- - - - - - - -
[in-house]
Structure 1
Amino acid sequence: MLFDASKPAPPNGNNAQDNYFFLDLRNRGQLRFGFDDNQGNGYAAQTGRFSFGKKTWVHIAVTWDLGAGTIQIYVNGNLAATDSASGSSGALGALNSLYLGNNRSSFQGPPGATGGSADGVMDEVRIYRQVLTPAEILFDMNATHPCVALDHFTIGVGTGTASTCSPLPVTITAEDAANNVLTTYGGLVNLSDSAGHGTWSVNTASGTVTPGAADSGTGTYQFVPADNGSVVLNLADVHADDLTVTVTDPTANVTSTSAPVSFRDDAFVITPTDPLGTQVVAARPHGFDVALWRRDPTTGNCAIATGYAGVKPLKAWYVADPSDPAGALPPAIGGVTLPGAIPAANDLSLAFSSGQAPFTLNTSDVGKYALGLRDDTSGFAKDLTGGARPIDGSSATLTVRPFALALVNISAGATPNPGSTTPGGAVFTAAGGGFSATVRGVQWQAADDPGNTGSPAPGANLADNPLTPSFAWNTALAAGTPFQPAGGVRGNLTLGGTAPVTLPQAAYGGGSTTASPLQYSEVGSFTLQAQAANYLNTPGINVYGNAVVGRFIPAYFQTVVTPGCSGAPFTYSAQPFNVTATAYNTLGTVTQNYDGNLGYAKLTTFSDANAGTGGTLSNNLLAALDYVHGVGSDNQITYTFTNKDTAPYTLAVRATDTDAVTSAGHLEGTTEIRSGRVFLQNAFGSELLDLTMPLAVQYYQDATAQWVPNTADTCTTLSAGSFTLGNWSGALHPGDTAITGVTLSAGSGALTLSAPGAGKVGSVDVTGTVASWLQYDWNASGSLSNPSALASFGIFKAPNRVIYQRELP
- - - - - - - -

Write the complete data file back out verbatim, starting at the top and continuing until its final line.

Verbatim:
[in-house]
Structure 1
Amino acid sequence: MLFDASKPAPPNGNNAQDNYFFLDLRNRGQLRFGFDDNQGNGYAAQTGRFSFGKKTWVHIAVTWDLGAGTIQIYVNGNLAATDSASGSSGALGALNSLYLGNNRSSFQGPPGATGGSADGVMDEVRIYRQVLTPAEILFDMNATHPCVALDHFTIGVGTGTASTCSPLPVTITAEDAANNVLTTYGGLVNLSDSAGHGTWSVNTASGTVTPGAADSGTGTYQFVPADNGSVVLNLADVHADDLTVTVTDPTANVTSTSAPVSFRDDAFVITPTDPLGTQVVAARPHGFDVALWRRDPTTGNCAIATGYAGVKPLKAWYVADPSDPAGALPPAIGGVTLPGAIPAANDLSLAFSSGQAPFTLNTSDVGKYALGLRDDTSGFAKDLTGGARPIDGSSATLTVRPFALALVNISAGATPNPGSTTPGGAVFTAAGGGFSATVRGVQWQAADDPGNTGSPAPGANLADNPLTPSFAWNTALAAGTPFQPAGGVRGNLTLGGTAPVTLPQAAYGGGSTTASPLQYSEVGSFTLQAQAANYLNTPGINVYGNAVVGRFIPAYFQTVVTPGCSGAPFTYSAQPFNVTATAYNTLGTVTQNYDGNLGYAKLTTFSDANAGTGGTLSNNLLAALDYVHGVGSDNQITYTFTNKDTAPYTLAVRATDTDAVTSAGHLEGTTEIRSGRVFLQNAFGSELLDLTMPLAVQYYQDATAQWVPNTADTCTTLSAGSFTLGNWSGALHPGDTAITGVTLSAGSGALTLSAPGAGKVGSVDVTGTVASWLQYDWNASGSLSNPSALASFGIFKAPNRVIYQRELP